In our breakout sessions for the WA State SDA meeting last week, one group, dubbed “The Fabricators” were drawn together by the desire to “build a body of work, prepare for a sale, or have a solo exhibition.” Here are some thoughts drawn from their session:
When asked “What part of Jane Dunnewold’s presentation (click link to see a write-up of SDA president Jane’s talk_ can you relate to?” there were numerous reactions. One of the main things that blocks many in this group is what Jane calls “The Committee.” It’s so easy to be hard on oneself. The committee resides in our own minds and points out our mistakes and every little shortfall, reducing our confidence. To overcome this, we need to learn how to play… and then learn by playing. Rather than being afraid to make mistakes, we need to make more! We learn a great deal by making mistakes and if we aren’t making any, then we’re not trying hard enough. Both playing and making mistakes are part of building creative stamina, which is important to develop our artistic muscles. Some of Jane’s suggestions for gaining creative stamina resonated with this group: free association exercises with a list of words and the image that they conjure; a form of journaling and sketching; taking a photo every day; and the art of intentional noticing.
The next question the group was asked was, “Why did you chose this group?” Some of the artists are needing some direction or feel they way to learn the logistics of working in a series. There are those who are interested in developing and preparing a body of work for an exhibit, or working in the direction of putting work in an exhibition. A few are working to develop the courage to enter a piece in a show and need the confidence to move forward. Finally, many participants expressed the desire to find their own voice. They’d like to put some constraints on their body of work. It was suggested they ask themselves: “Why am I creating this?” and “What is it that I’m trying to say?”
“What things do you need to further your art?” Overwhelmingly, Time! This includes making a commitment, finding ways to stop being non-productive, and coming up with creative ways to stop avoiding the studio. Another related factor is to be Focused. Eliminate or ignore distractions… this means “Just say NO to more cleaning!” Some people discussed needing more confidence and others wanted to set some perimeters or work with the constructs of deadlines, to ensure they’d get their work done.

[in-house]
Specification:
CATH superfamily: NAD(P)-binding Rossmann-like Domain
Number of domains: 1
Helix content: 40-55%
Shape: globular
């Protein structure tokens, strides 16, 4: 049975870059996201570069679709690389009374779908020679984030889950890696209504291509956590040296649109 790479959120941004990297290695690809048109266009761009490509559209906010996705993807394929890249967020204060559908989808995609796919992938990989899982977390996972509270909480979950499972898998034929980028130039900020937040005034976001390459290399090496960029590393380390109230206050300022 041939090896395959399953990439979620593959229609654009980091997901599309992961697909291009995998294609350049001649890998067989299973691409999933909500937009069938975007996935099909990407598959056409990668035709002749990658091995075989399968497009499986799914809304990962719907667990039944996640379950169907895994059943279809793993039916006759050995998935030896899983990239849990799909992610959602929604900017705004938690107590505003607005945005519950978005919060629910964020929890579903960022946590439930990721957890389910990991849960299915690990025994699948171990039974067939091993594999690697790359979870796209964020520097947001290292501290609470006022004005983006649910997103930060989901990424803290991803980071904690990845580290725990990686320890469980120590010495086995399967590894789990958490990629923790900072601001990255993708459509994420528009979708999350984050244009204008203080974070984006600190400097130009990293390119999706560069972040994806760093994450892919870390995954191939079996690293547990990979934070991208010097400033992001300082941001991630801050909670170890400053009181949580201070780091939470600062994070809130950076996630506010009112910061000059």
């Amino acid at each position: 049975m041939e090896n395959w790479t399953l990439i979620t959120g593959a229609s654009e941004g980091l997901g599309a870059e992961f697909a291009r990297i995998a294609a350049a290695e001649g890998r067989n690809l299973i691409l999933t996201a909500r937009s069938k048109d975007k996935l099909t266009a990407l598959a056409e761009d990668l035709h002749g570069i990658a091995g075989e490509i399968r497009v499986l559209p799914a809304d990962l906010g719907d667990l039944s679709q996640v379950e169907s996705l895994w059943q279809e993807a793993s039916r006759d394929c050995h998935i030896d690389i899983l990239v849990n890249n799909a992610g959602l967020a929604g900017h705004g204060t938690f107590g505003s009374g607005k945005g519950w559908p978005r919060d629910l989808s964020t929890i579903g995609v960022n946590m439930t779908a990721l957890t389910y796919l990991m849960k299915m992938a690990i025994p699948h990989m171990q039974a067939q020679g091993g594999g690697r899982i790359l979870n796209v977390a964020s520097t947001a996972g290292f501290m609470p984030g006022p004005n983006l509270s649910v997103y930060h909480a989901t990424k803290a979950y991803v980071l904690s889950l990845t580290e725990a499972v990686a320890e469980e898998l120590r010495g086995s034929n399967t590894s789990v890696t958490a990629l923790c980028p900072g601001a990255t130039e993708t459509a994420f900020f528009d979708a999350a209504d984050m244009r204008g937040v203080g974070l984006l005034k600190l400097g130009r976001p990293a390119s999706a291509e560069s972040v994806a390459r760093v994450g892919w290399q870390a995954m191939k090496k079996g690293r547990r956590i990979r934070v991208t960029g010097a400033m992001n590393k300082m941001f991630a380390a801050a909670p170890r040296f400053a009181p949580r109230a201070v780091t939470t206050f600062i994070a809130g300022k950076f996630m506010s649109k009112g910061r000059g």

The interaction and support shared between group members was remarkable. Some of the tips shared might be things you’d like to try too!
- Just do it! ENTER a show. Rejection is hard, getting in a show helps validate what you do and instills more confidence, but even when you don’t get in, you learn from the rejection. Even if your piece just didn’t fit the criteria on that given day, within that set of jurors, it may appeal to a juror who remembers your work at a future date and you may be accepted then. Your rejection has then paved the way for future success. Resubmitting your work to a different jury can an often does get a different result. Get your work seen!
- A good beginning place is to look for themes of upcoming shows to see what appeals to you, or make the choice to enter into a specific show, or a show in a particular place.
- The first step is the most frightening. The application process might be intimidating but is a confidence builder. Another good entry point is to practice being a juror yourself, it helps you realize that rejection is not to be taken personally. For fun, “google” famous artist rejections.
- Ask yourself if you are making the act of getting into a show the point, or are you passionate about sharing your work and your message with others. This may reframe the process for you and force you to think about who you are as an artists.